Fields are not synchronised for sorting by default but that can be changed by using the Boolean option "sort". False by default. Fields that are not synchronised for sorting will not be available for ordering the results.
When literal fields are indexed in Elasticsearch they will be analysed according to the analyser settings. Should you require that a given field is not analysed you may use syncAsIs. False by default.
RDF data is often multilingual but you may want to map only some of the languages represented in the literal values. This can be done by specifying a list of language codes.
The entityFilter parameter is used to fine-tune the set of entities and/or individual values for configured fields, based on the field value. Entities and field values will be synchronised to Elasticsearch if and only if they pass the filter. The entity filter is a bit like a FILTER() inside a SPARQL query but not quite the same. Each configured field can be referred to in the entity filter by prefixing it with a "?" much like referring to a variable in SPARQL. Several operators are supported:
|?var in (value1, value2, ...)||Tests if the field var's value is one of the specified values. Values that do not match will be treated as if they were not present in the repository.||?status in ("active", "new")|
|?var not in (value1, value2, ...)||The negated version of the in-operator.||?status not in ("archived")|
|bound(?var)||Tests if the field var has a valid value. This can be used to make the field compulsory.||bound(?name)|
|expr1 || expr2||Logical disjunction of expressions expr1 and expr2.||bound(?name) || bound(?company)|
|expr1 && expr2||Logical conjunction of expressions expr1 and expr2.||bound(?status) && ?status in ("active", "new")|
|!expr||Logical negation of expression expr.||!bound(?company)|
|( expr )||Grouping of expressions||(bound(?name) || bound(?company)) && bound(?address)|
The atomic operators in, not in and bound accept either an operand that is a field name variable as in the examples above, or a special construction composed of a field name variable followed by a URI. The URI will be used as a property of the particular field value bound to the field name variable, fetched from GraphDB and then its value will be used to evaluate the entity filter expression. It can be illustrated with this SPARQL snippet:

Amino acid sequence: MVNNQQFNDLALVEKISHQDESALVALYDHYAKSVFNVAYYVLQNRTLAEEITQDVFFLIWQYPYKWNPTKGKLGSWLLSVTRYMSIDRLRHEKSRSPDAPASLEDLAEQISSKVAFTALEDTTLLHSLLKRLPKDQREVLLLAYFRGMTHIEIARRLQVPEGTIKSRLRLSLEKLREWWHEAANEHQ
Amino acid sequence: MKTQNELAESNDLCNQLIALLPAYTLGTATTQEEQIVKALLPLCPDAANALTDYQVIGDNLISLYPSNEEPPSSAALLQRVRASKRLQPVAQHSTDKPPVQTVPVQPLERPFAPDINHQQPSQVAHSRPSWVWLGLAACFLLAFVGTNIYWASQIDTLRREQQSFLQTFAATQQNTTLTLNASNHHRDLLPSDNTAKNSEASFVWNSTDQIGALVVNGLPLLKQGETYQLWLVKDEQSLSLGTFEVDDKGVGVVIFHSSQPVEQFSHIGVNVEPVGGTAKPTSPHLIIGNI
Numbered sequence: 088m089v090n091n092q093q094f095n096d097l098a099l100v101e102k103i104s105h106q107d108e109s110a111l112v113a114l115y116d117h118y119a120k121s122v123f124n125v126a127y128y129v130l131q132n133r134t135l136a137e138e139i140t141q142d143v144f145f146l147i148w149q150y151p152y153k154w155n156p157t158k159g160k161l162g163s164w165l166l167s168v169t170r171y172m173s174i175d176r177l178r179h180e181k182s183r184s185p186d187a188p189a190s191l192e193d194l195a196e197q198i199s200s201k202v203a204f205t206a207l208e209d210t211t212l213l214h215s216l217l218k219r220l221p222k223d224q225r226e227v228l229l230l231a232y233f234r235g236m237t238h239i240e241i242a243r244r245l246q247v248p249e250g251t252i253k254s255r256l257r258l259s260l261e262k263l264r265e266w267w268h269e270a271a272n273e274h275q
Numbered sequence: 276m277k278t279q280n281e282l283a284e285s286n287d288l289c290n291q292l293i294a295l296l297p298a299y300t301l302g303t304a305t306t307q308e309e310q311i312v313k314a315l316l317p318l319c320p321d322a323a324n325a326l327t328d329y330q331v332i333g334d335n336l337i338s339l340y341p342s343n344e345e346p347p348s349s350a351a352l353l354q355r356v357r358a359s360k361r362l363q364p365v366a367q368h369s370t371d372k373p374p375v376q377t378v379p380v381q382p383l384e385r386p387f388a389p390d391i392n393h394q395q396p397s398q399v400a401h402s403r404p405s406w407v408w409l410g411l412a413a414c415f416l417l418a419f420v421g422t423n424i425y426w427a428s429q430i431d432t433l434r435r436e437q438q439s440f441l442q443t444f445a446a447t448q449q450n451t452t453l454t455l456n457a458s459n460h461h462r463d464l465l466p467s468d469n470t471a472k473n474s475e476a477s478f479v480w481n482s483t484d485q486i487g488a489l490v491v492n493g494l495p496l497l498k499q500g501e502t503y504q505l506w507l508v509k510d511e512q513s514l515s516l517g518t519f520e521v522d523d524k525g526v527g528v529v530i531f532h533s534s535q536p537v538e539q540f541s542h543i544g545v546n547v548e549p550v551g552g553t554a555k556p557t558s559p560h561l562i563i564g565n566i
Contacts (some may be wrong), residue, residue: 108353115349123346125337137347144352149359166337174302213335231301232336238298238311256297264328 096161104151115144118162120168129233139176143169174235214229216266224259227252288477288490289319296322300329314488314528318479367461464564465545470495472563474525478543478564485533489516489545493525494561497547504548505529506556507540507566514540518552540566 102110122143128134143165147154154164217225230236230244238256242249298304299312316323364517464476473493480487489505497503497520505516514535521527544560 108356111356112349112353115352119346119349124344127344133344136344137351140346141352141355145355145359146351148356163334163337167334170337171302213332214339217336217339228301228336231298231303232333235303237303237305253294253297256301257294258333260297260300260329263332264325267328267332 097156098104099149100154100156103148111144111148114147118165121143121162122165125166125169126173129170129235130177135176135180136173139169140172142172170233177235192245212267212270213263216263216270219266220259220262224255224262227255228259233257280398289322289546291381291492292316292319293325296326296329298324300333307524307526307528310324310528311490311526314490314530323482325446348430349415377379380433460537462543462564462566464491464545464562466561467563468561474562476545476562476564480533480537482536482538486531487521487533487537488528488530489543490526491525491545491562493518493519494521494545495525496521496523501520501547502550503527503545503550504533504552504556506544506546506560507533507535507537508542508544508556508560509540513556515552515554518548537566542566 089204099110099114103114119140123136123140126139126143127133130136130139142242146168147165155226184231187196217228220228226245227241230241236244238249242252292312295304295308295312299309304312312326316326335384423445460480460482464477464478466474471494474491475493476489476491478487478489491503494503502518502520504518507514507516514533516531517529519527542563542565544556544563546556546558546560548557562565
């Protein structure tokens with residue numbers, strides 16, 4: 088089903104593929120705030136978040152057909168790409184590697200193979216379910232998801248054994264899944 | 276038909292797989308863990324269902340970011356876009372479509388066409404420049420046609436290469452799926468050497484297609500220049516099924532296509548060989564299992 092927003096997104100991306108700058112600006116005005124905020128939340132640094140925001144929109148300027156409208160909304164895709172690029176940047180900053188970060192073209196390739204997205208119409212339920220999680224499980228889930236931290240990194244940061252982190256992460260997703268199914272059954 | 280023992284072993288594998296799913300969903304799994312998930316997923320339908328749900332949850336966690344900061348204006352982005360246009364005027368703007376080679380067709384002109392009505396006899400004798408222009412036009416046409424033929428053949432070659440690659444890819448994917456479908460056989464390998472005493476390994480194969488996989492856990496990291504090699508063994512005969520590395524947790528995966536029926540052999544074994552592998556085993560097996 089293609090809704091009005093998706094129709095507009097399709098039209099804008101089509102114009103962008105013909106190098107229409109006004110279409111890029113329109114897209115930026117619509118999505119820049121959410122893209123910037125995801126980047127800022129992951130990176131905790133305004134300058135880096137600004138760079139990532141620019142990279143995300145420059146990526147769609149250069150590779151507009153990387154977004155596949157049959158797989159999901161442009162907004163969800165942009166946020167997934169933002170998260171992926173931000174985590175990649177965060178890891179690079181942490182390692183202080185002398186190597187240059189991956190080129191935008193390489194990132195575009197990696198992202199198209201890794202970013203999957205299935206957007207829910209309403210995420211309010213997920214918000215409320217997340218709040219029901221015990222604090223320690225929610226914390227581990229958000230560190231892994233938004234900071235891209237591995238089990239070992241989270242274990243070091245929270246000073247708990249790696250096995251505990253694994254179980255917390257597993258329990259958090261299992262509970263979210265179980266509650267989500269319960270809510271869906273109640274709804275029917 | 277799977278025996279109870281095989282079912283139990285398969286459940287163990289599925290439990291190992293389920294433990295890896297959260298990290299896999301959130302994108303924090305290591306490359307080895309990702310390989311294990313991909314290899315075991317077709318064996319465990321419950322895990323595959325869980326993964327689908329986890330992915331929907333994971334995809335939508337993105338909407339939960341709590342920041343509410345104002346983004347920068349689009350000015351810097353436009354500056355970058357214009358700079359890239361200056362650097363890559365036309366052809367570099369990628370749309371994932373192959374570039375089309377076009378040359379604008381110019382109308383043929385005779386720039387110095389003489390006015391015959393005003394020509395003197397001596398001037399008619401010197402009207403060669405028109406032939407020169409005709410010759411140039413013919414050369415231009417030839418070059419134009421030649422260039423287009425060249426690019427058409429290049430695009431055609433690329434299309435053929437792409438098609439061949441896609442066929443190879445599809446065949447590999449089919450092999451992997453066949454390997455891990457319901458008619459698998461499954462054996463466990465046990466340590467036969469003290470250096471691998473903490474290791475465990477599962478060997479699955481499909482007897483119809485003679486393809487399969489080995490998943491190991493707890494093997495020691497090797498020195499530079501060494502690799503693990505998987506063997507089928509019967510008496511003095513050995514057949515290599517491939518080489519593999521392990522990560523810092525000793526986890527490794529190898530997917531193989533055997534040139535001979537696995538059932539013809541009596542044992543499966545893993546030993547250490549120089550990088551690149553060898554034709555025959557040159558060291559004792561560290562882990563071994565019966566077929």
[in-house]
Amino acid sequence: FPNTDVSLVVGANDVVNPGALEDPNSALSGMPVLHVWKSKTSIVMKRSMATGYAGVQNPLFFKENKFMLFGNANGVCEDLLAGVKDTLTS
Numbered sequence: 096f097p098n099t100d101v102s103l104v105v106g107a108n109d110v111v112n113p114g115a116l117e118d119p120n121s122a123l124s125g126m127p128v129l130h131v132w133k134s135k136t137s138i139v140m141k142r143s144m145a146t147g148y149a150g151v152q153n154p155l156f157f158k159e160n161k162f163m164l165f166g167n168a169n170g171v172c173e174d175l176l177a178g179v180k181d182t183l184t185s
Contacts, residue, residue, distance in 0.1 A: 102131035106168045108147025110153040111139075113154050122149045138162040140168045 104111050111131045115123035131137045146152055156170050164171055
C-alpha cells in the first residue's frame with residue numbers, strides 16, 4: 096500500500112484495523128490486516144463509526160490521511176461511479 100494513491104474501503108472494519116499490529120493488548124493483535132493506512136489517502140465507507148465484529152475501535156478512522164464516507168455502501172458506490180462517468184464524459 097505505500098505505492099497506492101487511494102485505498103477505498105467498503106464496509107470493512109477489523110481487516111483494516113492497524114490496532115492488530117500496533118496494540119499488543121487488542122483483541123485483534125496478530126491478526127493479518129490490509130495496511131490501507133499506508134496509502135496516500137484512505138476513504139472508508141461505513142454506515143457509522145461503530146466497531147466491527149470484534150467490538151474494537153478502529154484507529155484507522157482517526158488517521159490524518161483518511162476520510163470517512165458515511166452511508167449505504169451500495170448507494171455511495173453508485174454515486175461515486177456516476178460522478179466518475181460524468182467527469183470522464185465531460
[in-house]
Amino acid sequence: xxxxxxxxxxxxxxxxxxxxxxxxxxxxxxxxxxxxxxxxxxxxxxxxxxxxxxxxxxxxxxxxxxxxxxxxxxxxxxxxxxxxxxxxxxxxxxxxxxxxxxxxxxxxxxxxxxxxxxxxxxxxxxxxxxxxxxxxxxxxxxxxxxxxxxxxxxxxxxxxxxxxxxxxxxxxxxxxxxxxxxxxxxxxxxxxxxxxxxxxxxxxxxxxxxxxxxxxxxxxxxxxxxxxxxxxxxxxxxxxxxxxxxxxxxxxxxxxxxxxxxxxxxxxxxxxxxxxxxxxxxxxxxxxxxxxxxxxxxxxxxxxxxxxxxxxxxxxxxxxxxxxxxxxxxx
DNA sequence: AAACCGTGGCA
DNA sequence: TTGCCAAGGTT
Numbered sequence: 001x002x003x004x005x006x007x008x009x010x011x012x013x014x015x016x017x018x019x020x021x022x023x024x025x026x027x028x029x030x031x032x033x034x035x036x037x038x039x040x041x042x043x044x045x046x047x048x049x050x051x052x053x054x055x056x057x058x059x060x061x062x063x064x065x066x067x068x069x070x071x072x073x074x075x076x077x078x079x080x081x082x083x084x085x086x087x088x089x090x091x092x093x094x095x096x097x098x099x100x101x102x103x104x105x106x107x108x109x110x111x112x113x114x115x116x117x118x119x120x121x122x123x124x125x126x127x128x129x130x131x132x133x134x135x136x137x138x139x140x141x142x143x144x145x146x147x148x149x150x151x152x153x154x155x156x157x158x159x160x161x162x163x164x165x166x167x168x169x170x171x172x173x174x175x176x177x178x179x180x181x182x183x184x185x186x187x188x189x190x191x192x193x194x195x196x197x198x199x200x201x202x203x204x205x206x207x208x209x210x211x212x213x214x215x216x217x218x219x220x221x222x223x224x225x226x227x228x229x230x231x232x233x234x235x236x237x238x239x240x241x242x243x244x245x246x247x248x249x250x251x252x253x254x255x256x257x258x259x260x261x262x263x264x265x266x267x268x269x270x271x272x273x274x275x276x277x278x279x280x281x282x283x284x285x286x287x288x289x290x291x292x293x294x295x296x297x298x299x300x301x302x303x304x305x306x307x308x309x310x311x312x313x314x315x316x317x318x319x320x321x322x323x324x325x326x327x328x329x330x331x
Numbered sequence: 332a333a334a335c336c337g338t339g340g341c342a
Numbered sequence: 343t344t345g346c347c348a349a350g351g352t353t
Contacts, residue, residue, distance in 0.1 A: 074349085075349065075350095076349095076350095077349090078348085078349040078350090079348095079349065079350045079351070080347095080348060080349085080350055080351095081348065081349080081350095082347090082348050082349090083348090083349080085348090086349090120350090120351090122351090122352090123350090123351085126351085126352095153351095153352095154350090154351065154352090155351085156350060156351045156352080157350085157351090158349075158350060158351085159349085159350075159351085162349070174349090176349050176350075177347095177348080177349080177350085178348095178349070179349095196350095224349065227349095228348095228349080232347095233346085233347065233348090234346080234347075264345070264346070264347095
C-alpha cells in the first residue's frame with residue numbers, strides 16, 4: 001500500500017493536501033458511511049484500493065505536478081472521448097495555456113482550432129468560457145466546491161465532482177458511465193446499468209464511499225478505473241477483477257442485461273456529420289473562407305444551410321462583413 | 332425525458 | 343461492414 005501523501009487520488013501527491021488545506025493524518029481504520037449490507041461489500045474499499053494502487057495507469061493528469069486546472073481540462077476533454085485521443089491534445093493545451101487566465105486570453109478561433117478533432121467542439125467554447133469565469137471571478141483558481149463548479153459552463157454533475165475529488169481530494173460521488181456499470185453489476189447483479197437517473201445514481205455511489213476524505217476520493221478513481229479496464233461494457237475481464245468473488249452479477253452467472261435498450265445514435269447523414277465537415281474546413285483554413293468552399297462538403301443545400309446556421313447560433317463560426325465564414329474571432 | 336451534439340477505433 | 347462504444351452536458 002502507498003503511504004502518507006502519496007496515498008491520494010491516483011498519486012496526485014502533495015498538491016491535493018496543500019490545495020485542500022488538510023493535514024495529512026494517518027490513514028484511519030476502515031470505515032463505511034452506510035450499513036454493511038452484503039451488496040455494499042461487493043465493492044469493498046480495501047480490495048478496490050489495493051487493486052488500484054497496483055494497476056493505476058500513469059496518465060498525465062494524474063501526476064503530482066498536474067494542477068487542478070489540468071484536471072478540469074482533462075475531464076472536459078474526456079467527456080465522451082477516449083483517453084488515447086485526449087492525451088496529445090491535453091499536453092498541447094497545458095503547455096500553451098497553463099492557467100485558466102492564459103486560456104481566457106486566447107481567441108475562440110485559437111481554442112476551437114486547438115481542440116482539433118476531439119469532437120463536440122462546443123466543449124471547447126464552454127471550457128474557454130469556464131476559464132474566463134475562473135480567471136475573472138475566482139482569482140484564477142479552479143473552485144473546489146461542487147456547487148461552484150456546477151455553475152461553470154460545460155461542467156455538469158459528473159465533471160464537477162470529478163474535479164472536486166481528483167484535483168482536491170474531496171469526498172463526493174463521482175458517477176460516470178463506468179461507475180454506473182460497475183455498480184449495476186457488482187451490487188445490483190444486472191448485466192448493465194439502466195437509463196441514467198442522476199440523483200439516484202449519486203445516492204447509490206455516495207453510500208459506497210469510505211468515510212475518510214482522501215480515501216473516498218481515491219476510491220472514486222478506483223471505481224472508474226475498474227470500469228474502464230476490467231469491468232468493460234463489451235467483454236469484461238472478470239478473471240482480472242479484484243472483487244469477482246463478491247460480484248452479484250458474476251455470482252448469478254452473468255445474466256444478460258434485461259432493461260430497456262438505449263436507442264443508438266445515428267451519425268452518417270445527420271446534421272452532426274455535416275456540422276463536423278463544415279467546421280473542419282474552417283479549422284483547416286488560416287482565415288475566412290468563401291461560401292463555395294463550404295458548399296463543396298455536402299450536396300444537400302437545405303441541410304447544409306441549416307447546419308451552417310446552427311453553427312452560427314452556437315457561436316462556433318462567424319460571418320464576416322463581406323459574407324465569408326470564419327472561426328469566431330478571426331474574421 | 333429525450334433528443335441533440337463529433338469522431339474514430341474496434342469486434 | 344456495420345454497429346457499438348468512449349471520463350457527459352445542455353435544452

Instead of using the values of ?fieldName, the values of ?evaluatedValue will be used.
In addition to full URIs within < > the filters support the shorthand form type, which stands for <http://www.w3.org/1999/02/22-rdf-syntax-ns#type>.
Entity filters can be combined with default values in order to get more flexible behaviour.
A typical use-case for an entity filter is having soft deletes, i.e. instead of deleting an entity it is marked as deleted by the presence of a specific value for a given property.
For example, if we create a connector like this:
and then insert some entities:
We could create the index like this to specify a default value for city:
The default value will be used for entity:b as it has no value for city in the repository. Since the value is "London" the entity will be synchronised.
Sometimes data represented in RDF is not ideally suited to map directly to non-RDF. For example, if we have news articles and they can be tagged with different concepts (locations, persons, events, etc) one possible way to model that is a single property :taggedWith. Consider the following RDF data:
Now if we want to map this data to Elasticsearch such that the property :taggedWith x is mapped to separate fields taggedWithPerson and taggedWithLocation according to the type of x (we are not interested in events), we can map :taggedWith twice to different fields and then use an entity filter to get the desired values: